It is expected that the number of in-vehicle telematic systems will increase over the next few years, leading to an increased amount of information that a driver has to deal with besides the primary task of driving. In the project LIVES (driver interaction with transport-telematic systems), the organisations CURE (center for usability research & engineering) and FACTUM (transport- and social analyses) investigated how these systems could be used in an optimum way in order to improve safety on the road. The main research questions, namely dasiaHow does information given simultaneously from different sources affect the driver?dasia and dasiaWhat is the best sensory modality for which type of information?dasia were answered with the help of a driving simulator. This simulator made it possible to investigate the effects of different modalities for information on the driving behaviour. The outcomes consist of, firstly, a matrix in which different modalities (acoustic, visual, haptic) were combined with the priority level of a given information. The aim of this matrix is to provide better understanding which modalities should be used in which type of situation. Secondly, recommendations were formulated that would enhance safety in connection with the transmission of different types of information. View full abstract»

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  • Consistency and sensitivity of lane change test according to driving simulator characteristics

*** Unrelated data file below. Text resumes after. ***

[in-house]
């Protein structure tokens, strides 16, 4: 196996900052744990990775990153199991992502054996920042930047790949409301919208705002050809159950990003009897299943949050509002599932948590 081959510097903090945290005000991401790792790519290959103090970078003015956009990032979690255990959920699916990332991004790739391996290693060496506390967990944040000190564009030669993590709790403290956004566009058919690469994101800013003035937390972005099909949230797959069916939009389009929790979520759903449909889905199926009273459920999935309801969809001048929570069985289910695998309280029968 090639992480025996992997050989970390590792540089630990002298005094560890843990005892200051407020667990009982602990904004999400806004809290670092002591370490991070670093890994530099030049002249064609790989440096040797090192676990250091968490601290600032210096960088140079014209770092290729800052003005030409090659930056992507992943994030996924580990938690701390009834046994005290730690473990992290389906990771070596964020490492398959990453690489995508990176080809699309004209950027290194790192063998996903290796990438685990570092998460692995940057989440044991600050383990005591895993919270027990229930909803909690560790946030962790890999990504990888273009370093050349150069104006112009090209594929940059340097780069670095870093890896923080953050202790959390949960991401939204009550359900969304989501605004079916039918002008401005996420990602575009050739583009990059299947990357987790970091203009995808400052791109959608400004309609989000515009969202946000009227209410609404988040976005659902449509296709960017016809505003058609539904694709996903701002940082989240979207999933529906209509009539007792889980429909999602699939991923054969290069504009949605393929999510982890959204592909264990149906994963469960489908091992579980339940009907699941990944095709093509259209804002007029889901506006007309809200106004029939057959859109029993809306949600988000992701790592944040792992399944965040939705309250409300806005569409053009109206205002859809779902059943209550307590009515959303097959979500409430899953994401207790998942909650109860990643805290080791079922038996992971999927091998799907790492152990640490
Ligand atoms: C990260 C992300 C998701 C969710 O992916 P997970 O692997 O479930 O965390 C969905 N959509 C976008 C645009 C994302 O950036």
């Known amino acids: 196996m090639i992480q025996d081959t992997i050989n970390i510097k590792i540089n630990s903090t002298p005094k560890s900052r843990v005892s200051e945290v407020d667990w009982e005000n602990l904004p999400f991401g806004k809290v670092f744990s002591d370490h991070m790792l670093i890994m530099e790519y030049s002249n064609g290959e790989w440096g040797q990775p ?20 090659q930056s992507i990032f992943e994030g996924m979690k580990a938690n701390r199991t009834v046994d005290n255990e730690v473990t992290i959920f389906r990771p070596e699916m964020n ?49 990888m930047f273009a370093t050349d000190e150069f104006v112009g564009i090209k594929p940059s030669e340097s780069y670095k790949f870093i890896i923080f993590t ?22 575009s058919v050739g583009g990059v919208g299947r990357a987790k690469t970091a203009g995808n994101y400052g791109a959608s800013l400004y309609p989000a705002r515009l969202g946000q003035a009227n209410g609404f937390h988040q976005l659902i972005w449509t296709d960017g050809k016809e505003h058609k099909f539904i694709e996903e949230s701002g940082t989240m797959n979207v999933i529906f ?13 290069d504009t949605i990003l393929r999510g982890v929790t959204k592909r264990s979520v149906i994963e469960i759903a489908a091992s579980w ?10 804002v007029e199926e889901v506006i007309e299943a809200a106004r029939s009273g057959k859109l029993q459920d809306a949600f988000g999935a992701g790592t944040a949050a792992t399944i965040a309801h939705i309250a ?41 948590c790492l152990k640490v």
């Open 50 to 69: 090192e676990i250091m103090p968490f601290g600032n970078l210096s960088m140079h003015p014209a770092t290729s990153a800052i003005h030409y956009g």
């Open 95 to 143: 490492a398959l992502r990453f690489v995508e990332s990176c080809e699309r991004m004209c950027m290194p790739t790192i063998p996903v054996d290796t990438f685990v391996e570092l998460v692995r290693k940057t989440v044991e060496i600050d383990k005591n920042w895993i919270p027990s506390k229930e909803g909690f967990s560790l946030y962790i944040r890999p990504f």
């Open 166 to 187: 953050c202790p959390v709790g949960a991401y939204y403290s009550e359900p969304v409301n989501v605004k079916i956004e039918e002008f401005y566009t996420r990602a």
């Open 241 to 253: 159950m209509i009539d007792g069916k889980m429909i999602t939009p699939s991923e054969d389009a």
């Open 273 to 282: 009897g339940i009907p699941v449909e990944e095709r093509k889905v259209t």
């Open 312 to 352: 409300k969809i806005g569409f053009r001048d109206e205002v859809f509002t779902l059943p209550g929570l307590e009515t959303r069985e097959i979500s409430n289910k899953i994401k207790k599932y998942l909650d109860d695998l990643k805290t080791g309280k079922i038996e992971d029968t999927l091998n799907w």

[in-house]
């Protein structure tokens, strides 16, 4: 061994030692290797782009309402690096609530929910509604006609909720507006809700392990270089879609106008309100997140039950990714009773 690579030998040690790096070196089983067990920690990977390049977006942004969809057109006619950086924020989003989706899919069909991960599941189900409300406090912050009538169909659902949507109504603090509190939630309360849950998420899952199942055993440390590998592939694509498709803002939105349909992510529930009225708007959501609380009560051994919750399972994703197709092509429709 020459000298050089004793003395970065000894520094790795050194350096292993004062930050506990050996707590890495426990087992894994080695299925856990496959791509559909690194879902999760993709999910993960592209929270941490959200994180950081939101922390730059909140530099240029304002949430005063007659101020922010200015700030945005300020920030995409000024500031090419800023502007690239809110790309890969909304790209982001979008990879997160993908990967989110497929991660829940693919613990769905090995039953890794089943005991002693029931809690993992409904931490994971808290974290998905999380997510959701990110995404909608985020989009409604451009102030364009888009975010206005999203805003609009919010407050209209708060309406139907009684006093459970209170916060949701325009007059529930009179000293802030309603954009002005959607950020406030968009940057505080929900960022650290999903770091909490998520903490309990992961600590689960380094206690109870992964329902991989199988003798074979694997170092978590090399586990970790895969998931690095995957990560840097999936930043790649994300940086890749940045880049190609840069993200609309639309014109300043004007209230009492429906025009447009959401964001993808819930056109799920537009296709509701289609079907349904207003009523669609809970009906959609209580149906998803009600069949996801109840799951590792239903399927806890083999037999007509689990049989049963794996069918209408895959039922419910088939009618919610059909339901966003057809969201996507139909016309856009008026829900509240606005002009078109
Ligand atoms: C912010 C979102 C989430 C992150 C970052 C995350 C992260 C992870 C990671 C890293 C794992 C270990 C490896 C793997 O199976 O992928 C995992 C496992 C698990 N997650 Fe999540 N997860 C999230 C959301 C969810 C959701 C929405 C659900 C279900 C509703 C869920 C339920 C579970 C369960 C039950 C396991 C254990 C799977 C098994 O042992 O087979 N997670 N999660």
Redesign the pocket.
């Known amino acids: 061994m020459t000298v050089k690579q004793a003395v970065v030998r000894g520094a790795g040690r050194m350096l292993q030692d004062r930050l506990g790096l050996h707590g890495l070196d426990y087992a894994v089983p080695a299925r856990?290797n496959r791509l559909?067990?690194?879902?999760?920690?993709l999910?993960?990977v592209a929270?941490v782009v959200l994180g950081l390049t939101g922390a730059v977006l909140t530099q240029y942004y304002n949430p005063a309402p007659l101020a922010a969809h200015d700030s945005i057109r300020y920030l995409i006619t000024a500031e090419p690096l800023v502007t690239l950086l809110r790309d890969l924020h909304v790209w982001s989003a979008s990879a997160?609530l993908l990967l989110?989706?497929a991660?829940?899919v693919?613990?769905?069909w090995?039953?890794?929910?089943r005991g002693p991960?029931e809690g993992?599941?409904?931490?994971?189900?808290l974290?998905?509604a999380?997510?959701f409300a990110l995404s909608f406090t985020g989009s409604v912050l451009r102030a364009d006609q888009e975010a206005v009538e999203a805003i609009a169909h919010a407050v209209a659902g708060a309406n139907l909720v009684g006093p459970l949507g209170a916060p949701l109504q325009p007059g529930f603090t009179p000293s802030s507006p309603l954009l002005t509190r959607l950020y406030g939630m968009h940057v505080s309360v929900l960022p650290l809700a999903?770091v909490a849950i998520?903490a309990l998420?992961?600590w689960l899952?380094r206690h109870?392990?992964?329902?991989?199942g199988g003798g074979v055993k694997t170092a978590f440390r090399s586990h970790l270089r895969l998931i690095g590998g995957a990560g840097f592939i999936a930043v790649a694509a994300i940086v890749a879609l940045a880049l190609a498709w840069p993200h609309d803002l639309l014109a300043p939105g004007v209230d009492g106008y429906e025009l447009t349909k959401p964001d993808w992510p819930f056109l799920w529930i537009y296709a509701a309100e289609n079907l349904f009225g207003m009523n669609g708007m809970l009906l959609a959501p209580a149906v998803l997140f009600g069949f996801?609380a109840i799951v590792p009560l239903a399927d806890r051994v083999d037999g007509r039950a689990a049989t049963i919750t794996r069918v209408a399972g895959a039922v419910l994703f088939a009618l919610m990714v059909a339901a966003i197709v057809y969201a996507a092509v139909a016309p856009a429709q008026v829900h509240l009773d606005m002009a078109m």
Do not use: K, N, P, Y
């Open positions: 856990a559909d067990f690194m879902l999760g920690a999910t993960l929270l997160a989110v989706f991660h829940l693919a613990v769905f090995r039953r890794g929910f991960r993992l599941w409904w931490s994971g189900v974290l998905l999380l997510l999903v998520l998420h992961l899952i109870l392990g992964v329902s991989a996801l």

Publication Year: 2008 , Page(s): 306 - 314
    Cited by:  Papers (1)
    Save to Project icon | Click to expandQuick Abstract | PDF file iconPDF (436 KB)  

    The aim, here, is to evaluate consistency and sensitivity of the lane change test (LCT), which is the subject of a proposed ISO standard. The method is intended to estimate driver distraction while a secondary task is being performed, by measuring performance degradation on a primary driving-like task. An experiment was conducted in two experimental contexts: a fixed-base driving simulator and a personal computer (PC) (including pedals and steering wheel), and with two auditory and two visual-manual secondary tasks. Three performance measures were calculated: adapted mean deviation, correct lane change (LC) ratio and mean delay in LC initiation. The effect of experimental context was significant. The trajectory, measured by the adapted mean deviation, was significantly better on the simulator and the percentage of correct LC higher. This difference might be explained by the greater immersion of the driver in the driving scene, which led to easier control of the trajectory in the simulator. Conversely, participants initiated quicker responses to signs when using the PC, to the detriment of trajectory control. The LCT was also proved to be sensitive enough to evaluate driving performance impairment because of the simultaneous performance of secondary tasks, even if it failed to differentiate all of them. View full abstract»

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  • A method to assess the driver mental workload: The driving activity load index (DALI)

    Publication Year: 2008 , Page(s): 315 - 322
    Cited by:  Papers (1)
    Save to Project icon | Click to expandQuick Abstract | PDF file iconPDF (179 KB)